Much of the history and experience of the slaves in America was not written in book form. It was oral, like the lessons of ancient Israel, passed down from generation to generation, in the cotton field, on the sugar plantations, and around the dinner table. A fair portion of that oral tradition came in their music, what we refer to today as “Negro spirituals.”
One of those poignant arias was a song titled, “Sometimes I Feel Like a Motherless Child.” The song, as described in one source, “is an expression of pain and despair as it conveys the hopelessness of a child who has been torn from her or his parents.” The wistful melody screams maltreatment and oppression from the coasts of West Africa centuries ago and from the southern borders of Texas today.
During the last week of August, a delegation from the regional conference leadership, led by Calvin Watkins, president of the Southwest Region Conference, and Daniel Honore, president of the Northeastern Conference, in partnership with the North American Division (NAD), visited a detention center in El Paso, Texas. They did not go as empty-handed spectators. Thanks to financial contributions from each of the nine regional conferences and funds from the NAD, they were able to deliver thousands of dollars worth of much-needed medical and personal supplies. I can assure you, this was not a one-and-done effort. It is ongoing evangelism.
You and I have seen the news accounts and heard the reporters’ commentaries regarding the humanitarian crisis at our border with Mexico. Those of my colleagues who observed these conditions firsthand tell us that it was even more heart-wrenching than they imagined. In fact, while praying with and for these refugees, both presidents were so overcome by emotion that each began sobbing, unable to finish their prayers. In this mass of broken humanity, they also met displaced Seventh-day Adventists, “a long way from home” but anchored in their faith and praying for a better day.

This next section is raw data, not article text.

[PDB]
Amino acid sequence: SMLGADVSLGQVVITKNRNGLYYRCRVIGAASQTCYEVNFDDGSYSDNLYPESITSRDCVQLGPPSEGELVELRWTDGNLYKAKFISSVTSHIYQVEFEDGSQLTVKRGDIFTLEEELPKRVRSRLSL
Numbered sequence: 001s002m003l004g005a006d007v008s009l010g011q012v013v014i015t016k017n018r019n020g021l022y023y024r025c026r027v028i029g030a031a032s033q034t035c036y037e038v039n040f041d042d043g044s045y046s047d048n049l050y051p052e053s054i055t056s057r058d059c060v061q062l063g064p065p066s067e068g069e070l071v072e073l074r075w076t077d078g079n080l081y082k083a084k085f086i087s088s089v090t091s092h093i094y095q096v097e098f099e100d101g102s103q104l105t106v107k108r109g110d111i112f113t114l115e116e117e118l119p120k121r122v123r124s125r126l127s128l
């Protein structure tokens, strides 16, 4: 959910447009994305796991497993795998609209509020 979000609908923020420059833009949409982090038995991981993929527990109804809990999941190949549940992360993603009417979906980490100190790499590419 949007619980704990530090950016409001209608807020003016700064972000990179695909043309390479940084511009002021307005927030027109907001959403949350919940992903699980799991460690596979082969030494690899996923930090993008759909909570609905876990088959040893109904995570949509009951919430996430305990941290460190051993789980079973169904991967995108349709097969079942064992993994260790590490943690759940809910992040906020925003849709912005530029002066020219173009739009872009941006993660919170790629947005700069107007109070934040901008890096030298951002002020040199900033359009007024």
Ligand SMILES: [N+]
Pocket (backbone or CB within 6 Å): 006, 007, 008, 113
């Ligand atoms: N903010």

Though this song, “Motherless Child,” is most commonly identified with the plight of African slavery, it is a refrain that certainly resonates with the hundreds of immigrant children stripped from the clutches of their parents. It is also relevant to the plight of adults fleeing the corruption of a homeland laden with violence and poverty.
Romans 8:35-39 comes to mind, “Who (what) shall separate us from the love of Christ? Shall tribulation, or distress, or persecution, or nakedness, or peril, or sword?” The Apostle Paul, in closing this moving passage, assures us that there is nothing that can or will isolate or detach us from that Divine love.
As children of God, we must not only quote Scripture or speak out against humanitarian injustice; we must — we are obligated to, where possible — supply relief for their suffering. There is a solution to this crisis. What that solution is, I honestly don’t know. But, if we sit down and prayerfully talk with one another, while we unite our efforts to bring material relief, God will tell us; He will show us; He will lead us to a benevolent solution.
I long for the day when all of the broken families from all corners of the Earth, separated by the ravages of sin, will be reunited around the throne of God. The tainted history of this world — written, oral, and musical — will be erased from the scrolls of the universe. What a day that will be!
Even so, come, Lord Jesus.
Southern Union | September 2019
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